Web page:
They are expected to demand a halt to the overfishing that has devastated stocks, and to limit catches to sustainable levels by 2015.
Fisheries Commissioner Maria Damanaki last month told a meeting of the European Parliament’s cross-party ‘Fish for the Future’ group that a reduction in employment was inevitable, but that without change to protect fish stocks the loss of jobs would be even greater.
The proposals are likely to include the following key changes:
- Replacement of the annual contest between fisheries ministers over catch quotas with long term management plans based on best scientific evidence.
- Prohibitions on the discard of fish, which in extreme cases can amount to as much as 80% of a catch.
- Encouragement for Member States to permit the transfer or exchange of fishing rights between owners of large vessels. With too many boats chasing too few fish the aim will be to reduce overcapacity, enable best use to be made of individual quotas, and to provide a means by which fishermen can retire from the industry.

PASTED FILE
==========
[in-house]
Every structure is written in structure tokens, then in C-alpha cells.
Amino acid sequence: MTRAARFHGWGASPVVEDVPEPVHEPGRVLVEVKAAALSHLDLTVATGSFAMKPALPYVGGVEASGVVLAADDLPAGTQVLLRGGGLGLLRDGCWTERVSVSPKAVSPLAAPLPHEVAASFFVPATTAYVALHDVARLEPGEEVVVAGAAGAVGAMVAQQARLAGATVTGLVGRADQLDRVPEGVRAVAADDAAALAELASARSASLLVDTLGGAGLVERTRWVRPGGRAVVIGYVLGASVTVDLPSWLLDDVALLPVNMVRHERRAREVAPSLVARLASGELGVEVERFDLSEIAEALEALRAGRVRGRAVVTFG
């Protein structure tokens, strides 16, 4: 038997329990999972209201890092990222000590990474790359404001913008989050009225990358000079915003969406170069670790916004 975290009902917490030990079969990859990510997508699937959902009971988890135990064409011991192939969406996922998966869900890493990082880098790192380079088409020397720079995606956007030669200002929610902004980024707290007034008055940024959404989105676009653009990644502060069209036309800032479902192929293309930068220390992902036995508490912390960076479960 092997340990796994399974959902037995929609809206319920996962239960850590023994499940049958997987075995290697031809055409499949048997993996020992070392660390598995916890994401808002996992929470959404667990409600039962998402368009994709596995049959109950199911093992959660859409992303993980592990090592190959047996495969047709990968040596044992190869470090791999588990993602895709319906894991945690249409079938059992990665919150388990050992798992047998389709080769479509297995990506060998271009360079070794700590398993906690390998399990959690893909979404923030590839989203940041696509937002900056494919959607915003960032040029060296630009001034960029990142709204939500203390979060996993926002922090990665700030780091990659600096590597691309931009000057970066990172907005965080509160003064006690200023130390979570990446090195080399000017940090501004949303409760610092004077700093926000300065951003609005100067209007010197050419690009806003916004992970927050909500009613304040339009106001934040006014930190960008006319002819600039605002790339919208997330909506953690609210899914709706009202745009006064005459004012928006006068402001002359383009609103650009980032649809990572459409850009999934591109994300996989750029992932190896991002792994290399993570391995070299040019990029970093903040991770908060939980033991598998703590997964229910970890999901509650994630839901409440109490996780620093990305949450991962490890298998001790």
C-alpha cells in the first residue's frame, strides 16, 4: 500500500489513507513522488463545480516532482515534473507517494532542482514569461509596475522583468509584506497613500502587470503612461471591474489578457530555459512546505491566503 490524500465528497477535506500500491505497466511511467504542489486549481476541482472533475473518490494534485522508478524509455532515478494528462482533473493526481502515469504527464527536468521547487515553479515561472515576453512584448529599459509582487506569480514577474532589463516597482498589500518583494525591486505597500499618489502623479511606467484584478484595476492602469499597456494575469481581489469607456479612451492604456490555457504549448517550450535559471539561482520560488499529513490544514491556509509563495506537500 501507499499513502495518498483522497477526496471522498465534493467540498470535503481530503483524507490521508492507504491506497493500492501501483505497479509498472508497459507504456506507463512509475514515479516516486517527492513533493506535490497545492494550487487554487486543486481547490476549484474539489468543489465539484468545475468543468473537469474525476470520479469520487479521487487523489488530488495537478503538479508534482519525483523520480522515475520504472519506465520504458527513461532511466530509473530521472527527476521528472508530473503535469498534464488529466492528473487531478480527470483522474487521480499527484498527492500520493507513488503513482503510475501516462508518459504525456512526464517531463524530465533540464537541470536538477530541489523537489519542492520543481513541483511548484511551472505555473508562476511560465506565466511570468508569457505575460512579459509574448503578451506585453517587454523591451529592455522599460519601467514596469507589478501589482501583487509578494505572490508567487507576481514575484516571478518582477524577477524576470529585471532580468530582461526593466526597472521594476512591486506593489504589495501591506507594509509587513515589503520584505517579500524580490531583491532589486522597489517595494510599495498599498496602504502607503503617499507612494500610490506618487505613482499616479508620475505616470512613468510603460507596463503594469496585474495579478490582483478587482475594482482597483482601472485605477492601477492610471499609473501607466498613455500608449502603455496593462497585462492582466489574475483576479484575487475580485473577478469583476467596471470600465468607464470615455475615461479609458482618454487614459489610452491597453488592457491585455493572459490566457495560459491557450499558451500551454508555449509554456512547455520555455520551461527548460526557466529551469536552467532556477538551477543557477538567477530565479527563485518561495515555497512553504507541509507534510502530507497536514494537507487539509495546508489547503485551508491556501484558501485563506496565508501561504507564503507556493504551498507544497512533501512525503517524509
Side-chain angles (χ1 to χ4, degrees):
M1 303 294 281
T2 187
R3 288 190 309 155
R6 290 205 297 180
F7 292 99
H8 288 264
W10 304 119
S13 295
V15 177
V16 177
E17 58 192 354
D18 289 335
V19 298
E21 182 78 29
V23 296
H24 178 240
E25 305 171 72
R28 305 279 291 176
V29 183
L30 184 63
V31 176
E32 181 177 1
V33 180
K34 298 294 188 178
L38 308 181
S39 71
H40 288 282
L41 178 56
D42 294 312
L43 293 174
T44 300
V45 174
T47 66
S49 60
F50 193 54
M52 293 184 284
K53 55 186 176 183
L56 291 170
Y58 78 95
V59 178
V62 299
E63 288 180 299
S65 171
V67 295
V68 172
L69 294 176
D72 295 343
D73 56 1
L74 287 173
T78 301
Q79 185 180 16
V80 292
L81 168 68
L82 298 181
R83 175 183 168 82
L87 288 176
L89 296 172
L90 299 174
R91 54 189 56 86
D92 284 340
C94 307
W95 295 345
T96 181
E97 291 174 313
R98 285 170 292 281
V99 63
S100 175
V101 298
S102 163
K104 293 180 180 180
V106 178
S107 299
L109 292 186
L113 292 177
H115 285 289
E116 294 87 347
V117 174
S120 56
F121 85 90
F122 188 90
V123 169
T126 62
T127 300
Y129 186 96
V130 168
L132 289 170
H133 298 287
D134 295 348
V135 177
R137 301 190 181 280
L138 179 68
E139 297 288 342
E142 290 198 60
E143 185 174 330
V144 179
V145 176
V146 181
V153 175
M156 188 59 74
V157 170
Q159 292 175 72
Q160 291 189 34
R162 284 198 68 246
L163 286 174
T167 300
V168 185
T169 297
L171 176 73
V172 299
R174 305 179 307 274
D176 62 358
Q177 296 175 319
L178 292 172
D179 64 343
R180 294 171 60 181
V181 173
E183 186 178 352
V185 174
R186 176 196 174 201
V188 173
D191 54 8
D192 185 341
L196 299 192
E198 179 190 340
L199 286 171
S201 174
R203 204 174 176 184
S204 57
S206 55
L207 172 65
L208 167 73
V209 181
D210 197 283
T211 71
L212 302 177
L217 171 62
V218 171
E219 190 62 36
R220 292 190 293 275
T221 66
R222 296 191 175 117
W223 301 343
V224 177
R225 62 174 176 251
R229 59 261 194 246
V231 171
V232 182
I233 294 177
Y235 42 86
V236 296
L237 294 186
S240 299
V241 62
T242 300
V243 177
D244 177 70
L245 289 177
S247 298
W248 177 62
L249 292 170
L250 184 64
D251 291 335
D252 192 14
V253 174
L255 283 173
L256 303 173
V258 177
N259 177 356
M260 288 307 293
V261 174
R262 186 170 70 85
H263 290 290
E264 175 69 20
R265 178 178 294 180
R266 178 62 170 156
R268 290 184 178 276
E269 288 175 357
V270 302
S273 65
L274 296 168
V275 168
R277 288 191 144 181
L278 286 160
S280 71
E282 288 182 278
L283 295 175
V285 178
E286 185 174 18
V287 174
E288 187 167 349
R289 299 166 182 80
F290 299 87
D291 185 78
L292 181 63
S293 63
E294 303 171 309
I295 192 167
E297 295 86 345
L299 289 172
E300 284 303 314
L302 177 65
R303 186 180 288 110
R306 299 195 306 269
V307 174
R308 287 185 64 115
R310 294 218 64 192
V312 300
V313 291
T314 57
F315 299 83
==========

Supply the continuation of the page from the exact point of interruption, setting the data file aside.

- An end to micro-management of fisheries fromBrussels, with day to day decision-making devolved to regional fisheries bodies acrossEurope.
- Fishing agreements with developing nations to be put on a sustainable basis by linking them to requirements for scientific assessments and good governance
Recent academic studies suggest thatEurope’s fish stocks have been reduced to less than 10% of their post-war levels, and Commissioner Damanaki has warned that 91% of what is left will be at risk within a decade.
Chris Davies, the founder of the ‘Fish for the Future’ group, said that Europe’s fish stocks were at risk of total collapse.
He commented: “Out of sight, beneath the surface of our seas, we have done huge damage to a natural resource that was once abundant and left Europe dependent upon imports for nearly 70% of the fish we eat.
“Commissioner Damanaki might have been expected to back down in the face of opposition from those who resist change, but she seems fearless and determined to push ahead with reforms that may be the saving of our seas, of the fishing industry, and of coastal communities
“Our waters are capable of supporting many times more fish than now exist. It is not too late for the situation to be reversed, but we have now reached a crisis point.
“Overfishing must cease or there will be no more fish on the plate.”